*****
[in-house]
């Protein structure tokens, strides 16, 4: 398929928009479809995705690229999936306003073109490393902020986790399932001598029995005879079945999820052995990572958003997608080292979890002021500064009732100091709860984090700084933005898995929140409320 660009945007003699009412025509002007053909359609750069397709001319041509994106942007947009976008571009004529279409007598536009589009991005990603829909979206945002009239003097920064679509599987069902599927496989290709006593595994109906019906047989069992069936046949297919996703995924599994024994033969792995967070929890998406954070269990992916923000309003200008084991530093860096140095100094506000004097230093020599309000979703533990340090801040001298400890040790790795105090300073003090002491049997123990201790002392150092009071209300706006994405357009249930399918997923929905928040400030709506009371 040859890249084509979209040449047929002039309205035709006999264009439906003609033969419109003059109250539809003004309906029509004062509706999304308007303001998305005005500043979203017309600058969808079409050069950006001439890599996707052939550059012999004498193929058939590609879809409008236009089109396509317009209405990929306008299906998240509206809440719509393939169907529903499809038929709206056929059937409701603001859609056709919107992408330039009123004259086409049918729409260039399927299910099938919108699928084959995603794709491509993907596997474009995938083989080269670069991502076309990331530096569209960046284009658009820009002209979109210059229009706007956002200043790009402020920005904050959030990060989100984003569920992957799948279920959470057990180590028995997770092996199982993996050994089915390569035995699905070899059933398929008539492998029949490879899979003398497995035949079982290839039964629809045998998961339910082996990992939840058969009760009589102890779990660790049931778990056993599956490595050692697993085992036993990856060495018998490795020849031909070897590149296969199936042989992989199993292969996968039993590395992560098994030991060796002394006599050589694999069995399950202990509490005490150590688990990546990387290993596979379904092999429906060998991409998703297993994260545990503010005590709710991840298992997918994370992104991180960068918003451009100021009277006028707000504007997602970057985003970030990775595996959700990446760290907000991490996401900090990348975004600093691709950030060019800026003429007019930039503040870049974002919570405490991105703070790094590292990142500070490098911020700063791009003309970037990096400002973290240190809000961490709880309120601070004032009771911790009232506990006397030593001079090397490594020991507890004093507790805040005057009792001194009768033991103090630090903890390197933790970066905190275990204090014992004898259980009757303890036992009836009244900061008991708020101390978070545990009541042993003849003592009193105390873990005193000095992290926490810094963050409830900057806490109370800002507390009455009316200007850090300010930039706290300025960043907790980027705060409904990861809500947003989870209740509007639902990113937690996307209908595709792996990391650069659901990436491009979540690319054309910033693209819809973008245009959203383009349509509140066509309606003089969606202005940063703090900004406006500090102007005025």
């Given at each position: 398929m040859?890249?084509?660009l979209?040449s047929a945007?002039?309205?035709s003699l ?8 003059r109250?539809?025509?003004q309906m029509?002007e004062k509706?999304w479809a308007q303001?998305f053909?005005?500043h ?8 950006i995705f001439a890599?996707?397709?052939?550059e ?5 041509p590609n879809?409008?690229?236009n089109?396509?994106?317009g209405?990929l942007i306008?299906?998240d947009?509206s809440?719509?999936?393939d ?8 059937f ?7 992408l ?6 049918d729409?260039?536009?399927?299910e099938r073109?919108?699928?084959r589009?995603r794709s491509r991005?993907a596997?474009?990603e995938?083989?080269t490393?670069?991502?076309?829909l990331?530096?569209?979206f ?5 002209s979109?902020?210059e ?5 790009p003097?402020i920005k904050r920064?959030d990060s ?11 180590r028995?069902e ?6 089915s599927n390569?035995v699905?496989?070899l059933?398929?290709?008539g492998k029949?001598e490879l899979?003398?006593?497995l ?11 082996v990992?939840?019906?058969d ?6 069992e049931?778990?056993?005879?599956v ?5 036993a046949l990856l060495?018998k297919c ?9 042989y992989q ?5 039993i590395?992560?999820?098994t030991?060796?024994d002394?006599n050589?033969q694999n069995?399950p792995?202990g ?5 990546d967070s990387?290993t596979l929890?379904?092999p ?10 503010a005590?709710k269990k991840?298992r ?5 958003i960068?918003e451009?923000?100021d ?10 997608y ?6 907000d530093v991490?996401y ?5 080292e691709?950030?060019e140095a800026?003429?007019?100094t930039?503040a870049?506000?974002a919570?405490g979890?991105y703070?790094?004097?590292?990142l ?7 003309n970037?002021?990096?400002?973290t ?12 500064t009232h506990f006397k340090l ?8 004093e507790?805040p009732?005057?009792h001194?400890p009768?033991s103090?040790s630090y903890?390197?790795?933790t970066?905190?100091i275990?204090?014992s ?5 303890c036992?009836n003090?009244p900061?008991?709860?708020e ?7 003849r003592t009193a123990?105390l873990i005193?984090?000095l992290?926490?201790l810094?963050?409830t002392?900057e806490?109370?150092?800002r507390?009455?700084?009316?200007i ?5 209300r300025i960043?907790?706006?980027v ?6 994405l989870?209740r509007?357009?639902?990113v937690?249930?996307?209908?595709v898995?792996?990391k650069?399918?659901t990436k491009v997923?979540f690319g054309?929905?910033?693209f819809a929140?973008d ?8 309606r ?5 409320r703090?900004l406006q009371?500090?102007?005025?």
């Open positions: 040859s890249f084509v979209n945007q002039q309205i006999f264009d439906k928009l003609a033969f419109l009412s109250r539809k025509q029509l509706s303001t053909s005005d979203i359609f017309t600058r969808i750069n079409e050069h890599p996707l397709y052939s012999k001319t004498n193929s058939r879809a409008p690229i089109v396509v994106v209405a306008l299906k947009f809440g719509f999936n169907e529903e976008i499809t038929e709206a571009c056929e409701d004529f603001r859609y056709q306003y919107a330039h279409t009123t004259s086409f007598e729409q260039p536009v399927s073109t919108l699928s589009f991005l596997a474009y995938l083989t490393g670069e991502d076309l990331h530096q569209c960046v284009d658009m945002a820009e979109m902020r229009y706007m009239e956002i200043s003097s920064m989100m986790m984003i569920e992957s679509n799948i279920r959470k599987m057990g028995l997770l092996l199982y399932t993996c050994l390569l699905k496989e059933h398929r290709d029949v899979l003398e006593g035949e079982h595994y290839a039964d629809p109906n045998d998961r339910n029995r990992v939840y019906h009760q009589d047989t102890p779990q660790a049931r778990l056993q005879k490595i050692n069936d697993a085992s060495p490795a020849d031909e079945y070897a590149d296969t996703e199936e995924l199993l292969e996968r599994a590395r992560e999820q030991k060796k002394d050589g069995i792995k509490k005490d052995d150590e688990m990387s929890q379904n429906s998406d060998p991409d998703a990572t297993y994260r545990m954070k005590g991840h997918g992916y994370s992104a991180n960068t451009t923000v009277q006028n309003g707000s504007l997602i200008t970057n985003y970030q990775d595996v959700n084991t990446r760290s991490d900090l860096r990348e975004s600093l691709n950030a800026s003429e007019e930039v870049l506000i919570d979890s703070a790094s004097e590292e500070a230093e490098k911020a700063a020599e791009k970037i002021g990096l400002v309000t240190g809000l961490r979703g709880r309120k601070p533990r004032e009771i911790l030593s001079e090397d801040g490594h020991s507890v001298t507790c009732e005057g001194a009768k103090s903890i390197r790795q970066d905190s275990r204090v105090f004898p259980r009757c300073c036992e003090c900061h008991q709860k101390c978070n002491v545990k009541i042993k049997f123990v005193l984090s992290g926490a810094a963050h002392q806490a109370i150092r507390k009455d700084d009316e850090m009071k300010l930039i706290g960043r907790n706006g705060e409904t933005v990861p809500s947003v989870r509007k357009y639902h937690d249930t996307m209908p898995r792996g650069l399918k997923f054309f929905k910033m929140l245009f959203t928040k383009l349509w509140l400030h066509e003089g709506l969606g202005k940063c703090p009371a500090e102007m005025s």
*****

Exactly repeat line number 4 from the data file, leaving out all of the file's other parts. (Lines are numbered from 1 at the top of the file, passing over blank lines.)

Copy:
């Open positions: 040859s890249f084509v979209n945007q002039q309205i006999f264009d439906k928009l003609a033969f419109l009412s109250r539809k025509q029509l509706s303001t053909s005005d979203i359609f017309t600058r969808i750069n079409e050069h890599p996707l397709y052939s012999k001319t004498n193929s058939r879809a409008p690229i089109v396509v994106v209405a306008l299906k947009f809440g719509f999936n169907e529903e976008i499809t038929e709206a571009c056929e409701d004529f603001r859609y056709q306003y919107a330039h279409t009123t004259s086409f007598e729409q260039p536009v399927s073109t919108l699928s589009f991005l596997a474009y995938l083989t490393g670069e991502d076309l990331h530096q569209c960046v284009d658009m945002a820009e979109m902020r229009y706007m009239e956002i200043s003097s920064m989100m986790m984003i569920e992957s679509n799948i279920r959470k599987m057990g028995l997770l092996l199982y399932t993996c050994l390569l699905k496989e059933h398929r290709d029949v899979l003398e006593g035949e079982h595994y290839a039964d629809p109906n045998d998961r339910n029995r990992v939840y019906h009760q009589d047989t102890p779990q660790a049931r778990l056993q005879k490595i050692n069936d697993a085992s060495p490795a020849d031909e079945y070897a590149d296969t996703e199936e995924l199993l292969e996968r599994a590395r992560e999820q030991k060796k002394d050589g069995i792995k509490k005490d052995d150590e688990m990387s929890q379904n429906s998406d060998p991409d998703a990572t297993y994260r545990m954070k005590g991840h997918g992916y994370s992104a991180n960068t451009t923000v009277q006028n309003g707000s504007l997602i200008t970057n985003y970030q990775d595996v959700n084991t990446r760290s991490d900090l860096r990348e975004s600093l691709n950030a800026s003429e007019e930039v870049l506000i919570d979890s703070a790094s004097e590292e500070a230093e490098k911020a700063a020599e791009k970037i002021g990096l400002v309000t240190g809000l961490r979703g709880r309120k601070p533990r004032e009771i911790l030593s001079e090397d801040g490594h020991s507890v001298t507790c009732e005057g001194a009768k103090s903890i390197r790795q970066d905190s275990r204090v105090f004898p259980r009757c300073c036992e003090c900061h008991q709860k101390c978070n002491v545990k009541i042993k049997f123990v005193l984090s992290g926490a810094a963050h002392q806490a109370i150092r507390k009455d700084d009316e850090m009071k300010l930039i706290g960043r907790n706006g705060e409904t933005v990861p809500s947003v989870r509007k357009y639902h937690d249930t996307m209908p898995r792996g650069l399918k997923f054309f929905k910033m929140l245009f959203t928040k383009l349509w509140l400030h066509e003089g709506l969606g202005k940063c703090p009371a500090e102007m005025s």